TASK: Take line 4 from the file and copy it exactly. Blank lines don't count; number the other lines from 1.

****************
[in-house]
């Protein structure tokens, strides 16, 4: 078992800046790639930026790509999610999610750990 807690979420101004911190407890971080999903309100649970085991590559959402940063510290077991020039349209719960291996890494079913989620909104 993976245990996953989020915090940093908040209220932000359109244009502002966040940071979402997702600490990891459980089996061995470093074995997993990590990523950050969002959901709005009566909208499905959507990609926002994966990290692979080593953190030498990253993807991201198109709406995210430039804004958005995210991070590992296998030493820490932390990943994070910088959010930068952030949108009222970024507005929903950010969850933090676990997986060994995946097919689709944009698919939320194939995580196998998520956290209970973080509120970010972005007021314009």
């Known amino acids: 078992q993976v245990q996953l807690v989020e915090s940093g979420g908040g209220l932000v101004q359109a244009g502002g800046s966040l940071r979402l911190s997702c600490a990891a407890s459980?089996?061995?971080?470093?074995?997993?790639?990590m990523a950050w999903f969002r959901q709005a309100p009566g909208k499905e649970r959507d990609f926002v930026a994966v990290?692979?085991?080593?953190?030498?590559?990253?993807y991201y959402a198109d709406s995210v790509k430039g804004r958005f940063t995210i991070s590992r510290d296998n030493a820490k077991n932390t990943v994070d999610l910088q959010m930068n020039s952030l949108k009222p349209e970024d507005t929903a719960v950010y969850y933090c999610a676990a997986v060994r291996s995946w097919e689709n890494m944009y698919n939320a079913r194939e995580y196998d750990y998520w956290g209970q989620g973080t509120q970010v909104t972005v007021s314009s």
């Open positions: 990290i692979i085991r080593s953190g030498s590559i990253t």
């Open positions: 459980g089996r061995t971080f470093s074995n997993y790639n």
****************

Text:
């Open positions: 990290i692979i085991r080593s953190g030498s590559i990253t």